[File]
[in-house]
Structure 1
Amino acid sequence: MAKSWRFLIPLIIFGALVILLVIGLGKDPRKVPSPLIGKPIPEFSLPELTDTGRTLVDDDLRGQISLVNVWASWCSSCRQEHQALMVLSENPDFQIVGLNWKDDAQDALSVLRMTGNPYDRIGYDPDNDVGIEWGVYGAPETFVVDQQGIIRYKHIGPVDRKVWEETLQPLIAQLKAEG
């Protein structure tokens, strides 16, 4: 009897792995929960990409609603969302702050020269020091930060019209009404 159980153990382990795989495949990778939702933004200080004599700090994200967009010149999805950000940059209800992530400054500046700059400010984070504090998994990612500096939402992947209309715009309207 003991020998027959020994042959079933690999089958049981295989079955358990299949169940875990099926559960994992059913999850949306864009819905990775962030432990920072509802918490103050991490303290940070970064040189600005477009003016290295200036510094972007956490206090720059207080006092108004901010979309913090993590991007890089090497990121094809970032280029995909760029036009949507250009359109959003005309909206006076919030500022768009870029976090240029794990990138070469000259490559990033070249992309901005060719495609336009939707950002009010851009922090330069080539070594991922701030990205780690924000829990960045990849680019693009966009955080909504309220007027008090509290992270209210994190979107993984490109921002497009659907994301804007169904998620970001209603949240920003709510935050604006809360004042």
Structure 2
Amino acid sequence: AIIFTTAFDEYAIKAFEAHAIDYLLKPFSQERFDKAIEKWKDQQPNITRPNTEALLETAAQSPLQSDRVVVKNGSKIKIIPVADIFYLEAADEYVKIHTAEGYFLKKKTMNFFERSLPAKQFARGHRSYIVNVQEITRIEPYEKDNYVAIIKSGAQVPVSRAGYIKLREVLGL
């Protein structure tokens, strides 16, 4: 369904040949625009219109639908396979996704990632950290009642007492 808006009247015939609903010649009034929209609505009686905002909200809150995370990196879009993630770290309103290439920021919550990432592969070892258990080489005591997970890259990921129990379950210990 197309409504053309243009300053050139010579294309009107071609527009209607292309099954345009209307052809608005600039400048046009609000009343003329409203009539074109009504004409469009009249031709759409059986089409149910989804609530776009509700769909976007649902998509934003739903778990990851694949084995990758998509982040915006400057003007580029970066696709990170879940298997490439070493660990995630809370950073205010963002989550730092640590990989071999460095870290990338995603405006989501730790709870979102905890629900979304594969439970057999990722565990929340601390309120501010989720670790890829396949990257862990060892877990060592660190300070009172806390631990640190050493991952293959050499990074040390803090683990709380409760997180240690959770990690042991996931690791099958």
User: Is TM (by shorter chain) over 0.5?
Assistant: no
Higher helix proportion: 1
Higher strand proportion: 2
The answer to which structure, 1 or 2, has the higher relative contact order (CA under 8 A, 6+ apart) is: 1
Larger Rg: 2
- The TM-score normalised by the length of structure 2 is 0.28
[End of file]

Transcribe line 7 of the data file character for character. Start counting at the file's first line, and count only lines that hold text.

């Protein structure tokens, strides 16, 4: 369904040949625009219109639908396979996704990632950290009642007492 808006009247015939609903010649009034929209609505009686905002909200809150995370990196879009993630770290309103290439920021919550990432592969070892258990080489005591997970890259990921129990379950210990 197309409504053309243009300053050139010579294309009107071609527009209607292309099954345009209307052809608005600039400048046009609000009343003329409203009539074109009504004409469009009249031709759409059986089409149910989804609530776009509700769909976007649902998509934003739903778990990851694949084995990758998509982040915006400057003007580029970066696709990170879940298997490439070493660990995630809370950073205010963002989550730092640590990989071999460095870290990338995603405006989501730790709870979102905890629900979304594969439970057999990722565990929340601390309120501010989720670790890829396949990257862990060892877990060592660190300070009172806390631990640190050493991952293959050499990074040390803090683990709380409760997180240690959770990690042991996931690791099958």